Afterwords: Sharing a sense of place and purpose

  • Afterwords: Sharing a sense of place and purpose

Afterwords: Sharing a sense of place and purpose

Afterwords: Sharing a sense of place and purpose

It’s the iconic symbol of our collective collegiate memory: gleaming cupola and towering pillars, halls echoing with generations of students and faculty moving forward together. Even if we never took a class in its historic halls, it is part of our lives—an elegant, bricks-and-mortar constant amid change and progress, dreams and memories.


Homage to Bunce Hall

The stately building stands
throughout the seasons
spring and summer, fall and winter.
At the beginning of the school year,
as fall gradually sets in,
Bunce Hall sits among
the brown and gold leaves
that fall from surrounding trees
familiar oak, apple, and ginkgo,
found on and by the Quad.
In winter, when trees are bare,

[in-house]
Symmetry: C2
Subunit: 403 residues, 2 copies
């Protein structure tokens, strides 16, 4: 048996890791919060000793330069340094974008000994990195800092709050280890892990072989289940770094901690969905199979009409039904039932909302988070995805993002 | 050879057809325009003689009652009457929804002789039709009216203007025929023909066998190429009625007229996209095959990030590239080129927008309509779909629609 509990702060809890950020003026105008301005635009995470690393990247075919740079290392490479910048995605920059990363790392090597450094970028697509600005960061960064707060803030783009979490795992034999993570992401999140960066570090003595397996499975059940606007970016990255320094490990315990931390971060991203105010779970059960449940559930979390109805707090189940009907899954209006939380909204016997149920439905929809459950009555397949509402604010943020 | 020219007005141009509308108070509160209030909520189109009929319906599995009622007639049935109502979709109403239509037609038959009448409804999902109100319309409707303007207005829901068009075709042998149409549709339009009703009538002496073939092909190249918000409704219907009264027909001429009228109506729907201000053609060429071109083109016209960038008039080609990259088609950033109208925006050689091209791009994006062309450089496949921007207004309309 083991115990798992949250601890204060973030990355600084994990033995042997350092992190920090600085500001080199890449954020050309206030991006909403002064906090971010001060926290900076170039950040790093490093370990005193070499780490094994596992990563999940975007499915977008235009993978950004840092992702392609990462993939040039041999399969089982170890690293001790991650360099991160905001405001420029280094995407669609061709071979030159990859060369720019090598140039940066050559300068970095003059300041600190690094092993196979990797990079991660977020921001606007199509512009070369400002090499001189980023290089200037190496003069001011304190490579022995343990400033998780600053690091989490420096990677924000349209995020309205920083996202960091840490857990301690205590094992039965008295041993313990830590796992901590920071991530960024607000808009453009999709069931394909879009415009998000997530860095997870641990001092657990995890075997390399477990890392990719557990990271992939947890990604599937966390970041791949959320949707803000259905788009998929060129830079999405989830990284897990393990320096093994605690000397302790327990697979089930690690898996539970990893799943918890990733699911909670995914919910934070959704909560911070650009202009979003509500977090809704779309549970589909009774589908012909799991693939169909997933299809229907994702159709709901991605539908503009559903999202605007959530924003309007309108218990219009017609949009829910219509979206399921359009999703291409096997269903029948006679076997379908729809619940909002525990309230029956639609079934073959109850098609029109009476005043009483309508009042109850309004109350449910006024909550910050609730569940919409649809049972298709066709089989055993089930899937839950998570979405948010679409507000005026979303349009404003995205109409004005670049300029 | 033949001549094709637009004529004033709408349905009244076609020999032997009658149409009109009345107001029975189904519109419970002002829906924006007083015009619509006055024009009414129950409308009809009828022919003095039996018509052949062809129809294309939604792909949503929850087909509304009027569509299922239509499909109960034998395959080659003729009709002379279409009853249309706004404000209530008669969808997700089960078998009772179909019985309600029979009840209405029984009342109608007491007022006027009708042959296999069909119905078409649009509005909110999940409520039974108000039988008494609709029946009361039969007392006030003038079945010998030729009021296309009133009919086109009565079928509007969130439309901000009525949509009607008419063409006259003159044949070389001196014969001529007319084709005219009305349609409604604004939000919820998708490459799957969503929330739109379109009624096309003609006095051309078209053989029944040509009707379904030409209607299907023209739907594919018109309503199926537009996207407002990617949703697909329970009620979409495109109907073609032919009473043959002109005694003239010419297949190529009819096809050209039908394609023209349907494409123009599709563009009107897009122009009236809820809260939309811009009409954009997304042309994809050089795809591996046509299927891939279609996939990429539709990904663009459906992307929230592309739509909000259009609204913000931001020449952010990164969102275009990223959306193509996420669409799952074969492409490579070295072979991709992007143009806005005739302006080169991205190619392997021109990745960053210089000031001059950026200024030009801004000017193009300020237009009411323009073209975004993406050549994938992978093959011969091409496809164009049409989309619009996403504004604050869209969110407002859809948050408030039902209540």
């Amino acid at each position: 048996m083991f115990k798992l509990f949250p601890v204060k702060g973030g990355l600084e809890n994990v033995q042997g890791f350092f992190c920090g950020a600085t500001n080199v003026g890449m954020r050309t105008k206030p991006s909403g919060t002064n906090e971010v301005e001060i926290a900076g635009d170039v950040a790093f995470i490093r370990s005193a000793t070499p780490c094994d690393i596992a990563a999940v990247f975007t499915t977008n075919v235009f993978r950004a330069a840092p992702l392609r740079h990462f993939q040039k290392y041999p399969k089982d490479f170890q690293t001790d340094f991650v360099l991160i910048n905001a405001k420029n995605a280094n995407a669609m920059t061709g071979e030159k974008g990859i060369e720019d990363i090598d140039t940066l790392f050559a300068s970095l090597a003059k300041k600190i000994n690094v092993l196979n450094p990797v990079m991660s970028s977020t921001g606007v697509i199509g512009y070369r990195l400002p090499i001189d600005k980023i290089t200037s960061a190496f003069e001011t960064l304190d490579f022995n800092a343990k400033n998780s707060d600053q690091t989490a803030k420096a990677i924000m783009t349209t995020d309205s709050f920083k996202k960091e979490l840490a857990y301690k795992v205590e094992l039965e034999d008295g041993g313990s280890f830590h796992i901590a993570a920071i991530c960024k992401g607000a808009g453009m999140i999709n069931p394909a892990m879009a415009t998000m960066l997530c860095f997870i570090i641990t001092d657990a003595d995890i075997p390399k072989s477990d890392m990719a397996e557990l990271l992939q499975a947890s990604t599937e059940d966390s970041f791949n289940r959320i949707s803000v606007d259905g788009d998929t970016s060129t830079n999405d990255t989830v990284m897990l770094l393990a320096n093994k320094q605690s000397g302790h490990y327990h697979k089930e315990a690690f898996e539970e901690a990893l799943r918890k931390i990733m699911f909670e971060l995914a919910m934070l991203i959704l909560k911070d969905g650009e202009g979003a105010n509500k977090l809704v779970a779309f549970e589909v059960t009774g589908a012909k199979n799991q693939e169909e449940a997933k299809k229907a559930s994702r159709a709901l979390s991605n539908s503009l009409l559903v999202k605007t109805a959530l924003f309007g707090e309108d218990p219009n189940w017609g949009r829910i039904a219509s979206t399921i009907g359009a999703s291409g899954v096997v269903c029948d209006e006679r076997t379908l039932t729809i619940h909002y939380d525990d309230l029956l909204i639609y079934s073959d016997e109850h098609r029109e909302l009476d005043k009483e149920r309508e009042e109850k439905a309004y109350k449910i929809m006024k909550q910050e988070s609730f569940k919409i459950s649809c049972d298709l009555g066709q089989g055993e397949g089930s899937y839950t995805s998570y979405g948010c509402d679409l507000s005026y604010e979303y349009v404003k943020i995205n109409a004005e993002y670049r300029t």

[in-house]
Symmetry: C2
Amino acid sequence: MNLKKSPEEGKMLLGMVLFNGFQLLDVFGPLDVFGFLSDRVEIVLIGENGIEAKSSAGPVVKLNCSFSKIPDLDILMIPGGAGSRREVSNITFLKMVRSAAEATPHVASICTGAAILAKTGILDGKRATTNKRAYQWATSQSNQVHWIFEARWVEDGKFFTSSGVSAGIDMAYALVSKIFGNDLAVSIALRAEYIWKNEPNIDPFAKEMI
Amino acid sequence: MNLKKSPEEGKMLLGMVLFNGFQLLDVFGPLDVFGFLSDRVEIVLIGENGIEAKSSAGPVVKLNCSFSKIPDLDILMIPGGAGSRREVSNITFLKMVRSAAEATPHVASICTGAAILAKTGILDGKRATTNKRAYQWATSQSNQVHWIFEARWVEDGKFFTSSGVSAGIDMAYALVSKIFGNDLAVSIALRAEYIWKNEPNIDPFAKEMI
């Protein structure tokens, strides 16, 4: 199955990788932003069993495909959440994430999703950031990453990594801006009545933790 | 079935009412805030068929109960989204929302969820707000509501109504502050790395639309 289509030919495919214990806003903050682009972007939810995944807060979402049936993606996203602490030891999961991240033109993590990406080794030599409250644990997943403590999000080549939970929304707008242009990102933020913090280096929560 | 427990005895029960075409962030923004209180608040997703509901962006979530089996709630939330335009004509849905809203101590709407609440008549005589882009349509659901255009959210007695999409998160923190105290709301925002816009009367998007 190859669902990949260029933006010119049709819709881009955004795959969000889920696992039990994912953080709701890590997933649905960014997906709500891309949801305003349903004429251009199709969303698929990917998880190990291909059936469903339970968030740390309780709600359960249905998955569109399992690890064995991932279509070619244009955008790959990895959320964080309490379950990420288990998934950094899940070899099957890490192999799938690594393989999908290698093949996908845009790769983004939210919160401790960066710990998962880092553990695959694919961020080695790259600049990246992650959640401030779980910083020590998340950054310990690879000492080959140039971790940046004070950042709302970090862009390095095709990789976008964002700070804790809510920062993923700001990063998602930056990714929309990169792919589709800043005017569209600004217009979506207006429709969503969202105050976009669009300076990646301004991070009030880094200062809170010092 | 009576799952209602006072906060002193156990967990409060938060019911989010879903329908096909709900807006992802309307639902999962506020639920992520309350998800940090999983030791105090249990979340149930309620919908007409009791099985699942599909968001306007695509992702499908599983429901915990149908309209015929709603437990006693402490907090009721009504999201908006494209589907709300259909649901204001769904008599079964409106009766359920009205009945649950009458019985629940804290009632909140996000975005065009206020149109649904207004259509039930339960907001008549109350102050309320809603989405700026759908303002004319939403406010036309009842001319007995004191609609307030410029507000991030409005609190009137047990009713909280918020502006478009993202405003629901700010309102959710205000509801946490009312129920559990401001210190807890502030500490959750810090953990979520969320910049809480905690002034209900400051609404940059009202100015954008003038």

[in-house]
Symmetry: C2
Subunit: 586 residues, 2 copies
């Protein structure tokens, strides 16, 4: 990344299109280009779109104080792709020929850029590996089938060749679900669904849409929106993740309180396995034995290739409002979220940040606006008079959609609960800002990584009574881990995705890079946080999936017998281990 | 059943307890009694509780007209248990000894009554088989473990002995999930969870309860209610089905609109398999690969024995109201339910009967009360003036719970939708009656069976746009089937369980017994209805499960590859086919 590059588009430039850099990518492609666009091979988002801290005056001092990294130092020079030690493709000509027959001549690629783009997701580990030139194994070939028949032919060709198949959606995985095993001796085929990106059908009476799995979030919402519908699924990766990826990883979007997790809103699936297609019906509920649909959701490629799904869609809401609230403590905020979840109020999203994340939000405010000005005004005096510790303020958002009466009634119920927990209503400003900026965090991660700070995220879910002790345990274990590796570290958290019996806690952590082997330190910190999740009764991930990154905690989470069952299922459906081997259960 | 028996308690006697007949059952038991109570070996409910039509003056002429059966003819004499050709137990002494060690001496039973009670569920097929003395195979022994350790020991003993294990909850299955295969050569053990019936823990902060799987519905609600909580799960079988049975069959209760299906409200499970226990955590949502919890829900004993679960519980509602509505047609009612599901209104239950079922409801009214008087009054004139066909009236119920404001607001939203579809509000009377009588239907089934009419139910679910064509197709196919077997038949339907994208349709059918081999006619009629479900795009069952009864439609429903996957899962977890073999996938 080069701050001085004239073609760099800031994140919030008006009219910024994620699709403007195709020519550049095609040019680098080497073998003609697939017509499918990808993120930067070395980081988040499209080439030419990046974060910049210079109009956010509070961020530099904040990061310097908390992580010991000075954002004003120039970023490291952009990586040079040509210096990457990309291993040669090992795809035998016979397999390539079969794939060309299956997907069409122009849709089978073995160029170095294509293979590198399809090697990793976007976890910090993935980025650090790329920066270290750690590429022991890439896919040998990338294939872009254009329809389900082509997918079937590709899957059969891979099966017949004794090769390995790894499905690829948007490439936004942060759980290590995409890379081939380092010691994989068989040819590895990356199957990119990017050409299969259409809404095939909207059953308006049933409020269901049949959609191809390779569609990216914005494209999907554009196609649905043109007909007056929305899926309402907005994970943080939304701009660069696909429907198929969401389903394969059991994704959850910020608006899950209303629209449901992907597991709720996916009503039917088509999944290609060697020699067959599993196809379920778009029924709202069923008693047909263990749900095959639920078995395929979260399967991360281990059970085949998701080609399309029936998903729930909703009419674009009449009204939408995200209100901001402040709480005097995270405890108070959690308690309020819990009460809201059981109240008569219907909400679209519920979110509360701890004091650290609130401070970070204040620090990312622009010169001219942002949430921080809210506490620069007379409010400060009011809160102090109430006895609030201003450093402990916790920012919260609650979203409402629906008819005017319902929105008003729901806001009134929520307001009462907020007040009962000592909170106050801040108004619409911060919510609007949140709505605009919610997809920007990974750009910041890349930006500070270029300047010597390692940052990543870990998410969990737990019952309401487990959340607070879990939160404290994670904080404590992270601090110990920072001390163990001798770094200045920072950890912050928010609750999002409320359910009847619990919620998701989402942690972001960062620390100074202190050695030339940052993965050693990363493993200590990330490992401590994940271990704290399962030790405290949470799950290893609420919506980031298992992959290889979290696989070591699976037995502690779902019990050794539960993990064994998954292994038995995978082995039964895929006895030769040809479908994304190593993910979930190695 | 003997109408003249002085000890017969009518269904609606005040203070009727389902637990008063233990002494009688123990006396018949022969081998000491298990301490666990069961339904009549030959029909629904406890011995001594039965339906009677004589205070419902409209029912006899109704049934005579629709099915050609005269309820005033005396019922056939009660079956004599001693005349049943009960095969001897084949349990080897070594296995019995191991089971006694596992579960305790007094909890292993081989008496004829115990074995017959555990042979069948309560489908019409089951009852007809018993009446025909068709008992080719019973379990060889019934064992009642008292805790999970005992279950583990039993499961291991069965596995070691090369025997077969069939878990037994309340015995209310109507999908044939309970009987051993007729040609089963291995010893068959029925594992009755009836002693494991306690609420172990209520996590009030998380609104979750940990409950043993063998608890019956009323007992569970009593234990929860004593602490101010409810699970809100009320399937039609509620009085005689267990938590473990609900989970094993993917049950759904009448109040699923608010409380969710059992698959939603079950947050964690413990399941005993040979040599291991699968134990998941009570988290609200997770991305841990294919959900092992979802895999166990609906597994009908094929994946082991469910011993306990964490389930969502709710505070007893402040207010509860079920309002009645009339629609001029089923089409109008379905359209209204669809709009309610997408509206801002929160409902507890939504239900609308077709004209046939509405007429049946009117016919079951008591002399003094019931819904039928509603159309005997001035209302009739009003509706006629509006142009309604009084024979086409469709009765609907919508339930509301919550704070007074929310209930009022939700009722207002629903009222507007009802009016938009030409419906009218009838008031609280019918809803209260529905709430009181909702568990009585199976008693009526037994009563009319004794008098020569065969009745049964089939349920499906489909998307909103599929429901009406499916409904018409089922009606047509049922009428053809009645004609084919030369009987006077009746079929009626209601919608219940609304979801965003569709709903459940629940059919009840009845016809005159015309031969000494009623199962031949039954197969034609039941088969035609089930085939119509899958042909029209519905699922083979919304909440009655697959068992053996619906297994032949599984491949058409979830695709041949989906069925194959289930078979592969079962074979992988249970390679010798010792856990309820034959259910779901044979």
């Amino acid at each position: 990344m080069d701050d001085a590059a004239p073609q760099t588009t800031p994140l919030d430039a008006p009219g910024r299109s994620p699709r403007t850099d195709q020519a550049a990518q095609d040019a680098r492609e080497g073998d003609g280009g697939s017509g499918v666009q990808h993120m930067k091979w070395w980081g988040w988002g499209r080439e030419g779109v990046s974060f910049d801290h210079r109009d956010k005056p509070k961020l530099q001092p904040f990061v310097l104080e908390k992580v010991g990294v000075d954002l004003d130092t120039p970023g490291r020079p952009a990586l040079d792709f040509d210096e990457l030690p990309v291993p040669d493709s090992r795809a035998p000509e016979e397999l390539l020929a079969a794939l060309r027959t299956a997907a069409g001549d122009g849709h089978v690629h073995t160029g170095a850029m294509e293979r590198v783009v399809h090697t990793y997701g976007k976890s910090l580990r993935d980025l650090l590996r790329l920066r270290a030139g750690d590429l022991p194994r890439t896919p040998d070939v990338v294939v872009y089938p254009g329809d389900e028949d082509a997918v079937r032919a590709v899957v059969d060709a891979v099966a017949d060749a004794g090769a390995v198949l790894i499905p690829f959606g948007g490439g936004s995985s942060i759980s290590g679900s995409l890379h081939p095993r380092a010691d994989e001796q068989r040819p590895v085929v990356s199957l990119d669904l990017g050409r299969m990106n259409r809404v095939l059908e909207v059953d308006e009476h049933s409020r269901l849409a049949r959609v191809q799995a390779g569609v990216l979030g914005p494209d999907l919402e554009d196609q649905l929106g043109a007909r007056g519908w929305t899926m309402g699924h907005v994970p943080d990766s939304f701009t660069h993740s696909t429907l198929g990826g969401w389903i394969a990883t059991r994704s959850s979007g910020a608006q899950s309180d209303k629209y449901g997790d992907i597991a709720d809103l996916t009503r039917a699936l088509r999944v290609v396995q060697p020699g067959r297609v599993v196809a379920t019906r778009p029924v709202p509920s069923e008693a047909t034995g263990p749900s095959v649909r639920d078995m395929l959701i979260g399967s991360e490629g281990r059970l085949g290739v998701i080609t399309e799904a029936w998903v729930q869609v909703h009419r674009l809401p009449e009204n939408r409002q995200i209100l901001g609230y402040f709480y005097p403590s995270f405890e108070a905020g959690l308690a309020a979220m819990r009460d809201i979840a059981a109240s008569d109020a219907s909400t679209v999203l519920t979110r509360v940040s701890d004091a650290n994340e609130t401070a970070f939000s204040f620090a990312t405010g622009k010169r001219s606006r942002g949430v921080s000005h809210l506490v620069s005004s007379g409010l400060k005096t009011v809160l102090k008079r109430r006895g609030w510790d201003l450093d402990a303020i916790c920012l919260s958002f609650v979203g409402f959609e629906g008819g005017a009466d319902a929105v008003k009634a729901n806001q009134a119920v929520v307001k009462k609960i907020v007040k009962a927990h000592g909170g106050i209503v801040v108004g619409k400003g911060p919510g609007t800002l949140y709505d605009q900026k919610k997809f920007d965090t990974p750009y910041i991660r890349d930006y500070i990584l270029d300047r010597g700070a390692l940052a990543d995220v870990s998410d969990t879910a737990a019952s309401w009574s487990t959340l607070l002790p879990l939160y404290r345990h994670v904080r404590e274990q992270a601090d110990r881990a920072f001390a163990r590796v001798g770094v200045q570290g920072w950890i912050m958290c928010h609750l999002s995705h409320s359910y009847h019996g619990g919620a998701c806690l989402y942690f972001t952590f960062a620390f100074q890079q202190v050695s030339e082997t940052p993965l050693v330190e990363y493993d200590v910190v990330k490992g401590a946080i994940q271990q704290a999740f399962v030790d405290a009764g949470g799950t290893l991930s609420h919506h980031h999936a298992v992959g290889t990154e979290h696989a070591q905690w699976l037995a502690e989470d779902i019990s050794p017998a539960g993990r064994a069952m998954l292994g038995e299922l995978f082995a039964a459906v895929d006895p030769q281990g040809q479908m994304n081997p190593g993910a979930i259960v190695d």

Bunce stands against the austere sky,
graced by a gentle Jersey snowfall.
And in the spring, as the apple
begins to flower once again,
a budding crop of students dons
caps and gowns and blossoms too
along with the brown-eyed Susans,
and the pink and white dogwood,
that flourish along the south side.

But the image that lingers most
is all of us entering Bunce Hall
with the seasons underfoot—
an autumn leaf stuck to the bottom of a shoe,
a bit of crunchy snow clinging to a boot,
or a splash of mud dripping from a heel—
How we tracked the seasons
into Bunce with us, one semester after another
and how the burnished marble floors
bore our imprints and wore the autumn leaves,
winter snow, and spring mud
as if it were the most natural thing to do.
How we moved up the steps
with our books and papers
down the halls with our hopes and dreams.
How we moved from one life-changing classroom
to another, one season to another,
one year to another—freshmen, sophomores
juniors, seniors—and finally, into the real world,
one lifetime to another.


Antoinette Libro ’60, M’67, is an award-winning poet who was an English education major when Bunce Hall was the only academic building and the heart of campus life. A student co-founder of Avant, the campus literary journal, she became a faculty member, director of the creative writing program and founding dean of the School of Communication. Professor Emerita of Writing Arts, she holds a Ph.D. from New York University.

She wrote this poem in 2004, having retired as dean and returned to teaching English in the venerable building where she had been a student.